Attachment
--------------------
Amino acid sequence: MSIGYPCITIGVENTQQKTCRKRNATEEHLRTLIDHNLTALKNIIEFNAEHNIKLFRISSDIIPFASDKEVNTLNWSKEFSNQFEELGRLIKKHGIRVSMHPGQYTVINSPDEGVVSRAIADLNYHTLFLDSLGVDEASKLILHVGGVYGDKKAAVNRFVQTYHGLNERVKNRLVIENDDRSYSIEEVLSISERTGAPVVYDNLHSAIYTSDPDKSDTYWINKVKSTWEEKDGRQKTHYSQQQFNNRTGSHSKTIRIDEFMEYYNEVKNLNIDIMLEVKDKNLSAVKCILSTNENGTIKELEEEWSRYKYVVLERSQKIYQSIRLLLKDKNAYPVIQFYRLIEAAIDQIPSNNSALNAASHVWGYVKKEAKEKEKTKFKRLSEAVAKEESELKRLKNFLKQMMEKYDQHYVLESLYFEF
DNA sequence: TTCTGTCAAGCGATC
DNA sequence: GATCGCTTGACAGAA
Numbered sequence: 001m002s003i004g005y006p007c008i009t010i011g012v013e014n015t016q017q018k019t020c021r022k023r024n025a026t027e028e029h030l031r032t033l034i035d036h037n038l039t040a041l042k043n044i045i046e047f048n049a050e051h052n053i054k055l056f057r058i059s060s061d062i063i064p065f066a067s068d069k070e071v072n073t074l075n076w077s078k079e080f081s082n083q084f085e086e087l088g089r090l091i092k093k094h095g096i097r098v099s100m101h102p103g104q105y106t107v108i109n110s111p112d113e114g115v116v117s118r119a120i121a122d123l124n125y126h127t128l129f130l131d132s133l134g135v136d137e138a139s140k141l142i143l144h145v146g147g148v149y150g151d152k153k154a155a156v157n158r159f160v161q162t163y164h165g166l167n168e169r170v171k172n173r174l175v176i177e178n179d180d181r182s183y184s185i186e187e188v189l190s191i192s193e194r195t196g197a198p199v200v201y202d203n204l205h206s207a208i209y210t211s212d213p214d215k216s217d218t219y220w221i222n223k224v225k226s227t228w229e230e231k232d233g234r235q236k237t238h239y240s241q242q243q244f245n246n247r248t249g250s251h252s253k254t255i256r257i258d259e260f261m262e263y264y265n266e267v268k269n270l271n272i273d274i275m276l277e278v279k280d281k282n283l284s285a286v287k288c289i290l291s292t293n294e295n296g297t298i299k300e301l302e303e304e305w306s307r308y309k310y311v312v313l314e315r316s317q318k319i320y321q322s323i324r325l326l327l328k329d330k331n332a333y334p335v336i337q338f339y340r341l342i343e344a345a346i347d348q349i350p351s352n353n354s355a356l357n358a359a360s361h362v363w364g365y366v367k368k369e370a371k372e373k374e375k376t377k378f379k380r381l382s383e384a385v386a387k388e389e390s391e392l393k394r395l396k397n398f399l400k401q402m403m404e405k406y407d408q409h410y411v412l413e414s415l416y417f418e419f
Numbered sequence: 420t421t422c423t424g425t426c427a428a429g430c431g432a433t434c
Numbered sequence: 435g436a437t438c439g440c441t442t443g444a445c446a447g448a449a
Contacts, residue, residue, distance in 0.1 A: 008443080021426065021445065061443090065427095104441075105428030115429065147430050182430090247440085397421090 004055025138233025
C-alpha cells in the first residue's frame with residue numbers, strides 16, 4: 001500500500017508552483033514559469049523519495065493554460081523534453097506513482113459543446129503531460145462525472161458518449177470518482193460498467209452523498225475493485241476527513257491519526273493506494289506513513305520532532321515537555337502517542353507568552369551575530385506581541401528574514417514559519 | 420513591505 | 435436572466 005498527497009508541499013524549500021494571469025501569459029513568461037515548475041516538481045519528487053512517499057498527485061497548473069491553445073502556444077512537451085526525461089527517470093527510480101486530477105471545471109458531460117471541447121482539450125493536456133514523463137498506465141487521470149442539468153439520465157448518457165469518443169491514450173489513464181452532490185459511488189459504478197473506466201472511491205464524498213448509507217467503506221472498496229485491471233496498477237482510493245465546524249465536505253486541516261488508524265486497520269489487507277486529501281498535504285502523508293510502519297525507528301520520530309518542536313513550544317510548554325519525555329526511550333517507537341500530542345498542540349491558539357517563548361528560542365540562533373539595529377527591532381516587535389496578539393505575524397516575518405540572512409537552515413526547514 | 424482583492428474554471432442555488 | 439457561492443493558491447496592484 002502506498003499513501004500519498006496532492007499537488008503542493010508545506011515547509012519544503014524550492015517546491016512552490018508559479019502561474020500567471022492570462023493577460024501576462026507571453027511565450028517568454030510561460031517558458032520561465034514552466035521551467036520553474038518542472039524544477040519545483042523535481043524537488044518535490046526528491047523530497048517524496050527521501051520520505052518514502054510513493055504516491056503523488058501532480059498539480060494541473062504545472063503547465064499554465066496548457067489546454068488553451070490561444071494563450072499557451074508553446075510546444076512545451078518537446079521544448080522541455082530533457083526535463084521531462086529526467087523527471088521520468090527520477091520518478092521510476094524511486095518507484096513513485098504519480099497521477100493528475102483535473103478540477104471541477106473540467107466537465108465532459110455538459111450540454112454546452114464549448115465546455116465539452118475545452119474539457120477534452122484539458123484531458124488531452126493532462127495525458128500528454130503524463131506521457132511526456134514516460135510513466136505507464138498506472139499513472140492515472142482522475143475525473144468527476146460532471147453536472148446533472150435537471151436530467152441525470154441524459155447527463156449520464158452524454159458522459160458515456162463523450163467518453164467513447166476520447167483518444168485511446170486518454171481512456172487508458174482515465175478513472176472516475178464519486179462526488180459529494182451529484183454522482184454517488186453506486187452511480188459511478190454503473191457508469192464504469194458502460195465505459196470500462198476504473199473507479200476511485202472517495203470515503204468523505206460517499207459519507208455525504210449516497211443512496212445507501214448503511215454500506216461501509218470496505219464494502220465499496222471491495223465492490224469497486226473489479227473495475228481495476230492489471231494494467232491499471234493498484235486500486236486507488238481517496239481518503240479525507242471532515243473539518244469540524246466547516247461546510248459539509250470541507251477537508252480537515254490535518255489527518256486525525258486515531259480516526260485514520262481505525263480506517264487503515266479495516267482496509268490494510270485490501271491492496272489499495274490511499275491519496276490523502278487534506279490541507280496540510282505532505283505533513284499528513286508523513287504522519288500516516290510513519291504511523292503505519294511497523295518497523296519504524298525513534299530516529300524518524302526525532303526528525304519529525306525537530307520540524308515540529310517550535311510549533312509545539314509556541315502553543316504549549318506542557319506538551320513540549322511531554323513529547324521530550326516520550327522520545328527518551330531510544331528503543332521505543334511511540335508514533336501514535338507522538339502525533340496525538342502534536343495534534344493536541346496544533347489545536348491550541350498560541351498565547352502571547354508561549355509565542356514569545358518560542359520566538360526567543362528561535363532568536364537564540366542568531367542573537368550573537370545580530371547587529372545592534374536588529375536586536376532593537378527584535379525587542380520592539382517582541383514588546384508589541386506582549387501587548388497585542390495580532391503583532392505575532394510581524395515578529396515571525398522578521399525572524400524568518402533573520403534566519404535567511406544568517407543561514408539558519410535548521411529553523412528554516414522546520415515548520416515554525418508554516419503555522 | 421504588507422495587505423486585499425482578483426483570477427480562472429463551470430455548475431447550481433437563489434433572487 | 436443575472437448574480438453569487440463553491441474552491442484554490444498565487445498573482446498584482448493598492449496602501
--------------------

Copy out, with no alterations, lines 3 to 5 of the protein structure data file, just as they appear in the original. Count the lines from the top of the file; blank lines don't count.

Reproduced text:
DNA sequence: GATCGCTTGACAGAA
Numbered sequence: 001m002s003i004g005y006p007c008i009t010i011g012v013e014n015t016q017q018k019t020c021r022k023r024n025a026t027e028e029h030l031r032t033l034i035d036h037n038l039t040a041l042k043n044i045i046e047f048n049a050e051h052n053i054k055l056f057r058i059s060s061d062i063i064p065f066a067s068d069k070e071v072n073t074l075n076w077s078k079e080f081s082n083q084f085e086e087l088g089r090l091i092k093k094h095g096i097r098v099s100m101h102p103g104q105y106t107v108i109n110s111p112d113e114g115v116v117s118r119a120i121a122d123l124n125y126h127t128l129f130l131d132s133l134g135v136d137e138a139s140k141l142i143l144h145v146g147g148v149y150g151d152k153k154a155a156v157n158r159f160v161q162t163y164h165g166l167n168e169r170v171k172n173r174l175v176i177e178n179d180d181r182s183y184s185i186e187e188v189l190s191i192s193e194r195t196g197a198p199v200v201y202d203n204l205h206s207a208i209y210t211s212d213p214d215k216s217d218t219y220w221i222n223k224v225k226s227t228w229e230e231k232d233g234r235q236k237t238h239y240s241q242q243q244f245n246n247r248t249g250s251h252s253k254t255i256r257i258d259e260f261m262e263y264y265n266e267v268k269n270l271n272i273d274i275m276l277e278v279k280d281k282n283l284s285a286v287k288c289i290l291s292t293n294e295n296g297t298i299k300e301l302e303e304e305w306s307r308y309k310y311v312v313l314e315r316s317q318k319i320y321q322s323i324r325l326l327l328k329d330k331n332a333y334p335v336i337q338f339y340r341l342i343e344a345a346i347d348q349i350p351s352n353n354s355a356l357n358a359a360s361h362v363w364g365y366v367k368k369e370a371k372e373k374e375k376t377k378f379k380r381l382s383e384a385v386a387k388e389e390s391e392l393k394r395l396k397n398f399l400k401q402m403m404e405k406y407d408q409h410y411v412l413e414s415l416y417f418e419f
Numbered sequence: 420t421t422c423t424g425t426c427a428a429g430c431g432a433t434c